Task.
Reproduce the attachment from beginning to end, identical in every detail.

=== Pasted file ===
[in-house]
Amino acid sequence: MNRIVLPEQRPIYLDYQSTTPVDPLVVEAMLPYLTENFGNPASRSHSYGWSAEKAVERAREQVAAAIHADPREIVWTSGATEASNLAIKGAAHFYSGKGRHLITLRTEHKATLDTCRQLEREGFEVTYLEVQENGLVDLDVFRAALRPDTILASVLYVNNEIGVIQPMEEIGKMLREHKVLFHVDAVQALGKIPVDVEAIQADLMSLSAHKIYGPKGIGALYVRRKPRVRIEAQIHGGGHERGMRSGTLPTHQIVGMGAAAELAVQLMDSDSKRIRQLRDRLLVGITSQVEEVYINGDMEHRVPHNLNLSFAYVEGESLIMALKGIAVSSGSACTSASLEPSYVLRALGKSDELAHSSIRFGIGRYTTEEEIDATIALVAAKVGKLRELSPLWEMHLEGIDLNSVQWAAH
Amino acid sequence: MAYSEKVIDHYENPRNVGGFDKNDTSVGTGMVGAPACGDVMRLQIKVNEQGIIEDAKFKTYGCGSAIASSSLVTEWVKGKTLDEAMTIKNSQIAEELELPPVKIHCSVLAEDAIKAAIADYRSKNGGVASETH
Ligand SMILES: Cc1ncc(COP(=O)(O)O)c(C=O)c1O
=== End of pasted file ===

[in-house]
Amino acid sequence: MNRIVLPEQRPIYLDYQSTTPVDPLVVEAMLPYLTENFGNPASRSHSYGWSAEKAVERAREQVAAAIHADPREIVWTSGATEASNLAIKGAAHFYSGKGRHLITLRTEHKATLDTCRQLEREGFEVTYLEVQENGLVDLDVFRAALRPDTILASVLYVNNEIGVIQPMEEIGKMLREHKVLFHVDAVQALGKIPVDVEAIQADLMSLSAHKIYGPKGIGALYVRRKPRVRIEAQIHGGGHERGMRSGTLPTHQIVGMGAAAELAVQLMDSDSKRIRQLRDRLLVGITSQVEEVYINGDMEHRVPHNLNLSFAYVEGESLIMALKGIAVSSGSACTSASLEPSYVLRALGKSDELAHSSIRFGIGRYTTEEEIDATIALVAAKVGKLRELSPLWEMHLEGIDLNSVQWAAH
Amino acid sequence: MAYSEKVIDHYENPRNVGGFDKNDTSVGTGMVGAPACGDVMRLQIKVNEQGIIEDAKFKTYGCGSAIASSSLVTEWVKGKTLDEAMTIKNSQIAEELELPPVKIHCSVLAEDAIKAAIADYRSKNGGVASETH
Ligand SMILES: Cc1ncc(COP(=O)(O)O)c(C=O)c1O